During its caterpillar stage, the leopard magpie moth feeds on a plant called the Natal grass cycad and by so doing l...

Grace on December 12, 2018

Using the strategy we were taught,

AKA for a sufficient necessary question, if you negate the answer choices, the correct answer would make the argument fall apart. Negating B makes it fall apart (if they do have the ability and speed, they wouldn't be endangered just because of the other species being endangered as no need for macrozamin). What am I missing?

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Ravi on December 12, 2018

Hi @Glee, the issue with answer choice B is that the negation of this answer choice does not make the argument fall apart. Negating B means that the leopard magpie moth would have the ability to escape from at least one of its potential predators. But what if the leopard magpie moth had 10,000 predators? Its ability to escape from one predator does not necessarily mean it'll avoid extinction. It appears what happened is that in negating B, your translation was not correct. As B is worded before negating, it means that the moth can't escape a single one of its predators. The negation of this does not mean that it can escape all of them; it means that it can escape at least one predator.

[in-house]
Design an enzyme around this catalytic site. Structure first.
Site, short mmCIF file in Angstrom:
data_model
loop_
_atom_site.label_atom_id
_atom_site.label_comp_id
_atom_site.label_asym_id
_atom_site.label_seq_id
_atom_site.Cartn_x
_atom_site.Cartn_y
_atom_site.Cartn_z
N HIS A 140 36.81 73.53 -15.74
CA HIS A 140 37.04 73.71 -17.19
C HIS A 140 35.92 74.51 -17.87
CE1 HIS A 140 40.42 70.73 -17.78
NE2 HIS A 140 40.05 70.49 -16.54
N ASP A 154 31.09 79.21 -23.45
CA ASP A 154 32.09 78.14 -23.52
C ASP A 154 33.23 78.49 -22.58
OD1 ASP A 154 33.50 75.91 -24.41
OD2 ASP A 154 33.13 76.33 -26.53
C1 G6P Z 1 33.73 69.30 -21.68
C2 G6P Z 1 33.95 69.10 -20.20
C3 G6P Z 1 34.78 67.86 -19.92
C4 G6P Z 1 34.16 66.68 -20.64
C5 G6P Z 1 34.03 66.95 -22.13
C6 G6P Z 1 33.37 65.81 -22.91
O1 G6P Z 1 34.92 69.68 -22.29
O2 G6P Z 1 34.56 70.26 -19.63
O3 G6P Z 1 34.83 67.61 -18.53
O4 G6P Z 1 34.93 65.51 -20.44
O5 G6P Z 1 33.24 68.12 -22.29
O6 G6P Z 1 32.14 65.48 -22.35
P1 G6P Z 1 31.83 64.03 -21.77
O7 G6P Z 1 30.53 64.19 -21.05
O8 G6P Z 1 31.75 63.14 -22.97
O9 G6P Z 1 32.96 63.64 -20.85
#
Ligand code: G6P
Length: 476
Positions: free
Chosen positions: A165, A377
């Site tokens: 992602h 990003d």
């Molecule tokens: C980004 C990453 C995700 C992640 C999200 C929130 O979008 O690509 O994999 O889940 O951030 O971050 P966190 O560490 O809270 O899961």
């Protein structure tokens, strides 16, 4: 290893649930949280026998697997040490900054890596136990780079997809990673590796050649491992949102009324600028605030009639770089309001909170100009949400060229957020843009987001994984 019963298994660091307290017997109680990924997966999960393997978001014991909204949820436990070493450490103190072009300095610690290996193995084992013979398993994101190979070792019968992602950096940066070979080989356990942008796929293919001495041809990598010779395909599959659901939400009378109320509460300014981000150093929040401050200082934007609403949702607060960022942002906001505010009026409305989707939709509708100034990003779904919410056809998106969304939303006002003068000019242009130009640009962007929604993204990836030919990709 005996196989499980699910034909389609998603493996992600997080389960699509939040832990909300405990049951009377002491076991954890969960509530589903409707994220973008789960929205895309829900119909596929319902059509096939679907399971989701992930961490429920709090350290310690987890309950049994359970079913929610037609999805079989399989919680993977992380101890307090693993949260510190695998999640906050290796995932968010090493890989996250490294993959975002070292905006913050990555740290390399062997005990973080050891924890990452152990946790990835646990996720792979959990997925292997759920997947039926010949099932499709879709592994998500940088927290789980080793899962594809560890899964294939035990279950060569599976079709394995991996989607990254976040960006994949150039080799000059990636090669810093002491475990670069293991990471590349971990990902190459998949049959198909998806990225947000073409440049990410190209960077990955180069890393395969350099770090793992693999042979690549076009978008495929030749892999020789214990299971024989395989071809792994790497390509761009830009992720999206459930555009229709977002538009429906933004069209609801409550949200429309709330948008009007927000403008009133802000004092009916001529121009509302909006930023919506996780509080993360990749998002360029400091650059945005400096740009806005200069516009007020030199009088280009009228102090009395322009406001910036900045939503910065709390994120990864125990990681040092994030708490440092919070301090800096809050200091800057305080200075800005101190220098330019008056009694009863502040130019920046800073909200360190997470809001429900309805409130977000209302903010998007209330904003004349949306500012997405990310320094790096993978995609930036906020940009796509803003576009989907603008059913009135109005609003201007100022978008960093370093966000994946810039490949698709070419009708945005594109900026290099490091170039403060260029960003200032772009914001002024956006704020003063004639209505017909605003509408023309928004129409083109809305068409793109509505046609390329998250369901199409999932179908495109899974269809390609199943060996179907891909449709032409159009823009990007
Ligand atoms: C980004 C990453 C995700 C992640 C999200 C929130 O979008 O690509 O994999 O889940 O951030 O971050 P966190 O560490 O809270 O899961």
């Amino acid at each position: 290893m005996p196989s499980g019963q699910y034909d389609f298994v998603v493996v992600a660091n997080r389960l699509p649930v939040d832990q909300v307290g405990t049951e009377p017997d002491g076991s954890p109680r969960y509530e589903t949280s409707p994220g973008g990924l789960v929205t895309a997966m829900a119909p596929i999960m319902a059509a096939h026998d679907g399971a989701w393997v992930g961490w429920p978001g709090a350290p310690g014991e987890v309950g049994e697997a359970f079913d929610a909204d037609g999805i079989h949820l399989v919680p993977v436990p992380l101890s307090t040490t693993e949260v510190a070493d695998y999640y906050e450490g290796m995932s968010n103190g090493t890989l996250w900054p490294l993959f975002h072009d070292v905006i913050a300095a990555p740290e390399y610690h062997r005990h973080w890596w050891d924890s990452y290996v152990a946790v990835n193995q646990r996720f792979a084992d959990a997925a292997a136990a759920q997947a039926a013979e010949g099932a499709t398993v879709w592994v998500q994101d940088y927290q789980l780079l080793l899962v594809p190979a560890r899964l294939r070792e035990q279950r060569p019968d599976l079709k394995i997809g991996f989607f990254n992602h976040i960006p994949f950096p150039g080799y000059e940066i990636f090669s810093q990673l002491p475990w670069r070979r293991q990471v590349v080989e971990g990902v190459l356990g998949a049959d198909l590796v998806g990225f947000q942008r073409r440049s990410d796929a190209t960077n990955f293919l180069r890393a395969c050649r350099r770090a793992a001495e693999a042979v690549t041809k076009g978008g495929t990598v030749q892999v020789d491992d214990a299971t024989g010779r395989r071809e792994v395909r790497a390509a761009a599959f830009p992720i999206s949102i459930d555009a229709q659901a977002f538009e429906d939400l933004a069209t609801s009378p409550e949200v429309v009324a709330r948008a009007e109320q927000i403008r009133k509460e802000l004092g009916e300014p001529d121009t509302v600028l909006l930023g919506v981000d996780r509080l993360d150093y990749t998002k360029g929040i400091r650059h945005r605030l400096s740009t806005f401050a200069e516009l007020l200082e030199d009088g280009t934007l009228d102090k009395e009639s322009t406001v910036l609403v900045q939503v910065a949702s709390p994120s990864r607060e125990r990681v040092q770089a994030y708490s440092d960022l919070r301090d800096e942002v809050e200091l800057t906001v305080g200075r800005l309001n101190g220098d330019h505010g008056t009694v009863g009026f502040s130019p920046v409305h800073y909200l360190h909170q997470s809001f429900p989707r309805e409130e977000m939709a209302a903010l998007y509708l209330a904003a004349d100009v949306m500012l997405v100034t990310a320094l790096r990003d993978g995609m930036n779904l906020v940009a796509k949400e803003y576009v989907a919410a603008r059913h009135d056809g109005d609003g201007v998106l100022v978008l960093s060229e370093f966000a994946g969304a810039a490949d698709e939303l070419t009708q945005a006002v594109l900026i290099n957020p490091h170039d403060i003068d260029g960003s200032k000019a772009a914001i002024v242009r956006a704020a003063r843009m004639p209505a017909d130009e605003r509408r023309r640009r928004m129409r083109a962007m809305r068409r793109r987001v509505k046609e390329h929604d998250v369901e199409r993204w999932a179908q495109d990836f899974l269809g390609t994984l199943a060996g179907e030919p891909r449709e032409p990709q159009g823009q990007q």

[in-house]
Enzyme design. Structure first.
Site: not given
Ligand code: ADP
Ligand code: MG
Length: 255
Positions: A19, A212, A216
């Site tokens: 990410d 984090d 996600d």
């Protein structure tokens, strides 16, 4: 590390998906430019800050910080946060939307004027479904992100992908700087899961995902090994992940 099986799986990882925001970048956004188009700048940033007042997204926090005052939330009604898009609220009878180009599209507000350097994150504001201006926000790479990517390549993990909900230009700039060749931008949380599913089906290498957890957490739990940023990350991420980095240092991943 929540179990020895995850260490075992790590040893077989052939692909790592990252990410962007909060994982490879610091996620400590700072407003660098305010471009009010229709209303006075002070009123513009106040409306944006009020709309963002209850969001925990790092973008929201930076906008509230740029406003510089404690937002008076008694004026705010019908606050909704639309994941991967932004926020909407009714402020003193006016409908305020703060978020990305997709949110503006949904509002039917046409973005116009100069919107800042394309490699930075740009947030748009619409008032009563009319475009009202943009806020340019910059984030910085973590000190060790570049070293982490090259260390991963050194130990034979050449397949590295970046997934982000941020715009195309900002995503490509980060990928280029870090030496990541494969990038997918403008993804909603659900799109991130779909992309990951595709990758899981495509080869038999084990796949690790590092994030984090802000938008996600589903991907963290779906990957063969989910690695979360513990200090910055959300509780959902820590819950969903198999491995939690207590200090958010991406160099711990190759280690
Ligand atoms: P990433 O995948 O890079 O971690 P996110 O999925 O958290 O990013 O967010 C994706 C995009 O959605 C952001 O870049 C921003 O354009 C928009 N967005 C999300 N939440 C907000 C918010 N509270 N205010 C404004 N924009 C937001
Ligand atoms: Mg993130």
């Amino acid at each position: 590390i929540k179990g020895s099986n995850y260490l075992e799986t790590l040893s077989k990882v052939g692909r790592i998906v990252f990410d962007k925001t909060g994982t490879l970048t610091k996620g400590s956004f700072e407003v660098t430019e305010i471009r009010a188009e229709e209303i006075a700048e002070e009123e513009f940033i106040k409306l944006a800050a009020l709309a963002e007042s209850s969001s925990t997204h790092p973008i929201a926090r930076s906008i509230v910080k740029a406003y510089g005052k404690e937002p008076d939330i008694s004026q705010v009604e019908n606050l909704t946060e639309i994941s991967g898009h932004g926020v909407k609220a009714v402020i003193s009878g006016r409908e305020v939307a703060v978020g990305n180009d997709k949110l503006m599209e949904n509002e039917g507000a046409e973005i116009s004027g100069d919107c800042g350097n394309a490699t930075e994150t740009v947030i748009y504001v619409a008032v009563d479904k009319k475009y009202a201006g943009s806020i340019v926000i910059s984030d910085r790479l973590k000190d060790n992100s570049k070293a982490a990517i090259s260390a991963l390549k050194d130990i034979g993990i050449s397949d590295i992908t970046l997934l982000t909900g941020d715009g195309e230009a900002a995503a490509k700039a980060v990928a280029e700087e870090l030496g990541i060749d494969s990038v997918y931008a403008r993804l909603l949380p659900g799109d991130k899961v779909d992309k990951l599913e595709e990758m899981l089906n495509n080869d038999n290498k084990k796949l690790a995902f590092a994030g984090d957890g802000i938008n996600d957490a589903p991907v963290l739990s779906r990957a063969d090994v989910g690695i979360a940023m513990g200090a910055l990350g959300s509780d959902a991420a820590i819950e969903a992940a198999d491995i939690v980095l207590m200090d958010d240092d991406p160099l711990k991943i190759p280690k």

Answer choice A, on the other hand, is required by the argument. In negating A, it would mean that feeding on the Natal grass cycad would not be the only means by which the leopard magpie moth could make itself highly unpalatable to predators. In other words, it has multiple ways to make itself unpalatable. If this were true, then the argument would be wrecked, as it would no longer necessarily be true that the leopard magpie moth would also be in danger of extinction.

Grace on December 14, 2018

Thank you Ravi!

Ravi on December 14, 2018

Happy to help, @GLEE!